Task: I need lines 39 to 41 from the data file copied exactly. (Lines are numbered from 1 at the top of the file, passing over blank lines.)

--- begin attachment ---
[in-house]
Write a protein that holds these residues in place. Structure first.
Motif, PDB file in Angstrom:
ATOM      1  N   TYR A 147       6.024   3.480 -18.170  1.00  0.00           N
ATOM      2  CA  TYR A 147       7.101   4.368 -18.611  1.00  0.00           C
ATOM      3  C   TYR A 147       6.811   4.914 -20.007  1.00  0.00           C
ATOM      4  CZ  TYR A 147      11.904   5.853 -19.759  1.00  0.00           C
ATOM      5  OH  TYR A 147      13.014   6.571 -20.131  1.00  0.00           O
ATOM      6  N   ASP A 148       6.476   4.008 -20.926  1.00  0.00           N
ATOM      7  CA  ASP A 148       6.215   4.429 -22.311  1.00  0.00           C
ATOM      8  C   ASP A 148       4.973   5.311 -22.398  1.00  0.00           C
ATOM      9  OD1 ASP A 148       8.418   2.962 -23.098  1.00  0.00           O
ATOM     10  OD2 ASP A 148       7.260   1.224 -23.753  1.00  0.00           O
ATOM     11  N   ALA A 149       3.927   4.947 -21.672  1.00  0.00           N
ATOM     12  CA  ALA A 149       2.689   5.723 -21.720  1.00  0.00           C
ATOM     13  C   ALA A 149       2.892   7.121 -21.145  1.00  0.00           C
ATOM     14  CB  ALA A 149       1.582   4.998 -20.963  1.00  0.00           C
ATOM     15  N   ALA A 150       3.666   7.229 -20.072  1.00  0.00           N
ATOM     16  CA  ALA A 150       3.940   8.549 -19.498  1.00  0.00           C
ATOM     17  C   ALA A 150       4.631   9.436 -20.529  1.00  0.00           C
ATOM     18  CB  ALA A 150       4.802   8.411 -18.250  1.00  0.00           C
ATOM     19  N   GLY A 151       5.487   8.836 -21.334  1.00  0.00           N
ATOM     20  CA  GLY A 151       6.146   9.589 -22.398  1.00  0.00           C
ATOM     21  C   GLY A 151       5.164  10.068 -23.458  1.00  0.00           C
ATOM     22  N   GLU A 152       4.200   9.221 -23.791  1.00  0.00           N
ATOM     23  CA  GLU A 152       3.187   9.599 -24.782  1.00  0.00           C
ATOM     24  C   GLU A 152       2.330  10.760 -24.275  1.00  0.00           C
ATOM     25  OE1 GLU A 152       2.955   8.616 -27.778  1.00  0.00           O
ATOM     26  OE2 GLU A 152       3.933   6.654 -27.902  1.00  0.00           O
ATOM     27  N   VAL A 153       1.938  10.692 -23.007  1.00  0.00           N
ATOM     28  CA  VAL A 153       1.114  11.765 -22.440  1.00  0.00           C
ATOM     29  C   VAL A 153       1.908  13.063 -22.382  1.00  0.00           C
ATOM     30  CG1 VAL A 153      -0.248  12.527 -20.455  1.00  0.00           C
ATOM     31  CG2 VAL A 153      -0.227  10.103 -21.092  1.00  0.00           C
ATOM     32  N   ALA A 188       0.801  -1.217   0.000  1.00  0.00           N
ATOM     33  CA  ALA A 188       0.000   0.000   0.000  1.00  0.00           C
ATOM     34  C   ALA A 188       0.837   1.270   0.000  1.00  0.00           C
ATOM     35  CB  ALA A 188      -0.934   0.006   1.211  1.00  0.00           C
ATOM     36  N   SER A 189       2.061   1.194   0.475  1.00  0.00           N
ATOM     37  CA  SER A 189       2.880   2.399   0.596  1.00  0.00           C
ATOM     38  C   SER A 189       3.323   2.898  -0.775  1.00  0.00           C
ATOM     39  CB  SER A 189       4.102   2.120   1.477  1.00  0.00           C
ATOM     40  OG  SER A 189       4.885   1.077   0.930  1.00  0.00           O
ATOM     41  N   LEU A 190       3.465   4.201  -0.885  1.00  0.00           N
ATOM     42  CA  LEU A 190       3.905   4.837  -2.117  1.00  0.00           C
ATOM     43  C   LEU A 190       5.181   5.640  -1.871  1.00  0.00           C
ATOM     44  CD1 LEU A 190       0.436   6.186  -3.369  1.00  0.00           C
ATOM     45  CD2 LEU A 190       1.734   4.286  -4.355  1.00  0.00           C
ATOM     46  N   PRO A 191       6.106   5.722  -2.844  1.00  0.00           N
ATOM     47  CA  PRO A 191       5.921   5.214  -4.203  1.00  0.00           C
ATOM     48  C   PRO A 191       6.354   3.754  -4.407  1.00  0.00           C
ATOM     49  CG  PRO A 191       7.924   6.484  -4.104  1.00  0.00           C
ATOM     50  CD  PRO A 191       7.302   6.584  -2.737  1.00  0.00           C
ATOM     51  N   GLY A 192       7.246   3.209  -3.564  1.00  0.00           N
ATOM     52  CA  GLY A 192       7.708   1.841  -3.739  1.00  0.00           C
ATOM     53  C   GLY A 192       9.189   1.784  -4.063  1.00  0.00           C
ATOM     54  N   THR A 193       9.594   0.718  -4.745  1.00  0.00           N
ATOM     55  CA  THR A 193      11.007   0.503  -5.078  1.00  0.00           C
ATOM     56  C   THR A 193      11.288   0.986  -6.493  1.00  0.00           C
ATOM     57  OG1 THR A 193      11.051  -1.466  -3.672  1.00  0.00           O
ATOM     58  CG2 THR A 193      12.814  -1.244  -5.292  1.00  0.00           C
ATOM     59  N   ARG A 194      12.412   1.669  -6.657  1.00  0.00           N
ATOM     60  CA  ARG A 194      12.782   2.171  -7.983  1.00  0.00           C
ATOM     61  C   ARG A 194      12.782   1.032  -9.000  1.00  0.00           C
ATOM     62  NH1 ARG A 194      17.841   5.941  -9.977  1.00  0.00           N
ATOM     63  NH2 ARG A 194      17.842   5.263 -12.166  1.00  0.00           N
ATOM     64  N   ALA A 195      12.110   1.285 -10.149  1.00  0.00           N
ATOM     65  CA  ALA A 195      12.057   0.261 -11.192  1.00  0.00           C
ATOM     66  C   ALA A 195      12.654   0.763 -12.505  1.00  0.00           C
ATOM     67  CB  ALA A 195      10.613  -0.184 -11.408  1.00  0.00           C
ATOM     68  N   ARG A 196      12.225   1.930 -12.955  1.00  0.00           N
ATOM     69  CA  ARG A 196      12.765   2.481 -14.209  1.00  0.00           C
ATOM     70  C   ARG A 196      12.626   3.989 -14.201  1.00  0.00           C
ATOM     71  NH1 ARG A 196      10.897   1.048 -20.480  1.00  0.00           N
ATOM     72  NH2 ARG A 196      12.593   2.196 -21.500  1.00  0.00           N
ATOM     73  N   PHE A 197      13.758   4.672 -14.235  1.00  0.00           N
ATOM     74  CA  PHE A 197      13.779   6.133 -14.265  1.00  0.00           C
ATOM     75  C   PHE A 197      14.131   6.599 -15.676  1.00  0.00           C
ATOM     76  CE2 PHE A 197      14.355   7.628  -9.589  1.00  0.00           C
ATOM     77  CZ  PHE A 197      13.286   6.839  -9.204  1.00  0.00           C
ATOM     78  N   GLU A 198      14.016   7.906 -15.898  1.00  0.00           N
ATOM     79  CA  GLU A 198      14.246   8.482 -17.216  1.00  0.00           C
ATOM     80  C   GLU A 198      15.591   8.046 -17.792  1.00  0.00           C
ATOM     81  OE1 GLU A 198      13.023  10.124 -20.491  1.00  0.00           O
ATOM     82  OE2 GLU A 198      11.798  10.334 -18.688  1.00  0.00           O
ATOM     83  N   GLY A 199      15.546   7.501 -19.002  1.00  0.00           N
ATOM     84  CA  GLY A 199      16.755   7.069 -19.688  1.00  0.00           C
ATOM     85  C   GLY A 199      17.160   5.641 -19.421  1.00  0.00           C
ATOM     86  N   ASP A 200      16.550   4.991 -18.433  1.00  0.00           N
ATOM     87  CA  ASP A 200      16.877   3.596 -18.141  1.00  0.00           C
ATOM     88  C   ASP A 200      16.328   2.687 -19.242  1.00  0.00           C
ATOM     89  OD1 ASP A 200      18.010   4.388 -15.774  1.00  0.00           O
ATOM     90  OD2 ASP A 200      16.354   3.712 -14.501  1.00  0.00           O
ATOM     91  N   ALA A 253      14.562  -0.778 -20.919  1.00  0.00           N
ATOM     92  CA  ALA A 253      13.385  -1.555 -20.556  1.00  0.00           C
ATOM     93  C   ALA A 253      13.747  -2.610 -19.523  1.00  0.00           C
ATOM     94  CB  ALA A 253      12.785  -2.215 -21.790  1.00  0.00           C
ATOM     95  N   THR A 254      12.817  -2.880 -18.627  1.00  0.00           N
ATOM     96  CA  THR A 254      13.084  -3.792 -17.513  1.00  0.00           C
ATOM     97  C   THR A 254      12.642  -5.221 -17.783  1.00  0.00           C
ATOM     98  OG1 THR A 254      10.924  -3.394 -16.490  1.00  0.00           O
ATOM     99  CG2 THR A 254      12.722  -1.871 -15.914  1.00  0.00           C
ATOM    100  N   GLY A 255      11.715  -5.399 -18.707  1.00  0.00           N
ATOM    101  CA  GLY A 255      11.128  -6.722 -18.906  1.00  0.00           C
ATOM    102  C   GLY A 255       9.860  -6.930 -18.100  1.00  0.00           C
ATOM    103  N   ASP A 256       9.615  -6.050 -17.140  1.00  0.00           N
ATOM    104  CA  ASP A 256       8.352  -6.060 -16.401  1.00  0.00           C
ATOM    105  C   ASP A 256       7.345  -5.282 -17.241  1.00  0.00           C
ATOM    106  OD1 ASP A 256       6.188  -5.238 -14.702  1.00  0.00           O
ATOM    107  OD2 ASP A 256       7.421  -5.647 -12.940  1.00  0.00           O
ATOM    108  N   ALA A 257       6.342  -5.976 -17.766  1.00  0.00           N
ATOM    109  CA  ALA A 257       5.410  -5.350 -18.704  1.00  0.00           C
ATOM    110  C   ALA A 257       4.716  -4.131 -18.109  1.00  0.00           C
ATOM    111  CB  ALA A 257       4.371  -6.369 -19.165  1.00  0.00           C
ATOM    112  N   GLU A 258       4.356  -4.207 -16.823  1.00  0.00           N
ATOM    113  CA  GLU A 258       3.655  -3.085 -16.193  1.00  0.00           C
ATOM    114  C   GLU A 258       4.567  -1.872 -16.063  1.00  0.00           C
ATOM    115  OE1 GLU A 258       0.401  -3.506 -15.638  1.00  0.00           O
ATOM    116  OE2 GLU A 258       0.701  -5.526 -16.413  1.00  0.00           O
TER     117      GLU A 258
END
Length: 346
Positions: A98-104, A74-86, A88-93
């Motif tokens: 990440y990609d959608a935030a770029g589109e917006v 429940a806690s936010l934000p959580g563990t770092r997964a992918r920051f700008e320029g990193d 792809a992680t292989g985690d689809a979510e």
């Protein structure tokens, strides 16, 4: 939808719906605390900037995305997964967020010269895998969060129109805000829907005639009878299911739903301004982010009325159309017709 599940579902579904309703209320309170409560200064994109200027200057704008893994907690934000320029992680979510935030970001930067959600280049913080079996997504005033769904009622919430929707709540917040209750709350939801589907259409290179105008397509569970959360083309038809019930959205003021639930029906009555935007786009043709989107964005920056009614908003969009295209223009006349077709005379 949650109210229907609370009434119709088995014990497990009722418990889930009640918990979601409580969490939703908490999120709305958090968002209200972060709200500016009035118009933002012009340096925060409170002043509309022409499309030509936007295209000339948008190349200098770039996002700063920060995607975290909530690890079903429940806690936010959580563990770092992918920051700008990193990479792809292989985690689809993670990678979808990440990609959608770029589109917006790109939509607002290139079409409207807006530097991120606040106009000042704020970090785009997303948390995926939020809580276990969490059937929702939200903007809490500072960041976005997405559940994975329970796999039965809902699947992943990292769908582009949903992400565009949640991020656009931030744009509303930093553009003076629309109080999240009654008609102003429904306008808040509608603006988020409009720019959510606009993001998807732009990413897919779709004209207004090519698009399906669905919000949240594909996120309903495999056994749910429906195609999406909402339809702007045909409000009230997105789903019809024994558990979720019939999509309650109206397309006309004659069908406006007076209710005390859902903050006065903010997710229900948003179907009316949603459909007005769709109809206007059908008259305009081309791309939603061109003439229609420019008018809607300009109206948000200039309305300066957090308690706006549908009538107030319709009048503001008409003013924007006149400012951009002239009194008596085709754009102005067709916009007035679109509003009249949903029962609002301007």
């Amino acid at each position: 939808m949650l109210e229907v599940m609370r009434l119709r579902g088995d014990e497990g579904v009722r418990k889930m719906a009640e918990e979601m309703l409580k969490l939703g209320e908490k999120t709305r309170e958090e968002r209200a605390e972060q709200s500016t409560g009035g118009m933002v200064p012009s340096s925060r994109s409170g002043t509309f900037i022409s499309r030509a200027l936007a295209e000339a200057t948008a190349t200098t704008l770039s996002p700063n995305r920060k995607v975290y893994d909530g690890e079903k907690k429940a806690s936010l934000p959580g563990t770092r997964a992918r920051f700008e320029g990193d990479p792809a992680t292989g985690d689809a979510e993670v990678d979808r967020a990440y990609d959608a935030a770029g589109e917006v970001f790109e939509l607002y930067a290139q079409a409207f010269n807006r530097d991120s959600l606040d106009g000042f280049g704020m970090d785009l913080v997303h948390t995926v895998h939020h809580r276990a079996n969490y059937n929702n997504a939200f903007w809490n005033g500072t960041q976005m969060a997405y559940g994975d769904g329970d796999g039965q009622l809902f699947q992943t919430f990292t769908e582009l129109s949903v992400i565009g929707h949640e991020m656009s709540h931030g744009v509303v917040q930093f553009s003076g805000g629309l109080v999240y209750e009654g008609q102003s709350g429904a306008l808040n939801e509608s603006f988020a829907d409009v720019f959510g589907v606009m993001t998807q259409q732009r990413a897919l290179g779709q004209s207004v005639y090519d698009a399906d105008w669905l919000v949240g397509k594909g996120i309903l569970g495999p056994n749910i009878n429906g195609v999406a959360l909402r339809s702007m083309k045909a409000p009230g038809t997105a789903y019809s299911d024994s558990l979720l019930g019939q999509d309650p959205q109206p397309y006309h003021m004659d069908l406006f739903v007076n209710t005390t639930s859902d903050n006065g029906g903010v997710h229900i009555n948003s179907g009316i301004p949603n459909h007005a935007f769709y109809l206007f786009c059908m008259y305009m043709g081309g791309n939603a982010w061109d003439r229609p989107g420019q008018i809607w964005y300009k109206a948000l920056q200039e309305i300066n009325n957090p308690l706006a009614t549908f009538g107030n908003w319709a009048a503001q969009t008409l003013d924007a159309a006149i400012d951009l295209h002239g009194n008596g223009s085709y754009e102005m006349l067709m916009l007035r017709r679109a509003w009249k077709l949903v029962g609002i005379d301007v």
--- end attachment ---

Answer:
ATOM     36  N   SER A 189       2.061   1.194   0.475  1.00  0.00           N
ATOM     37  CA  SER A 189       2.880   2.399   0.596  1.00  0.00           C
ATOM     38  C   SER A 189       3.323   2.898  -0.775  1.00  0.00           C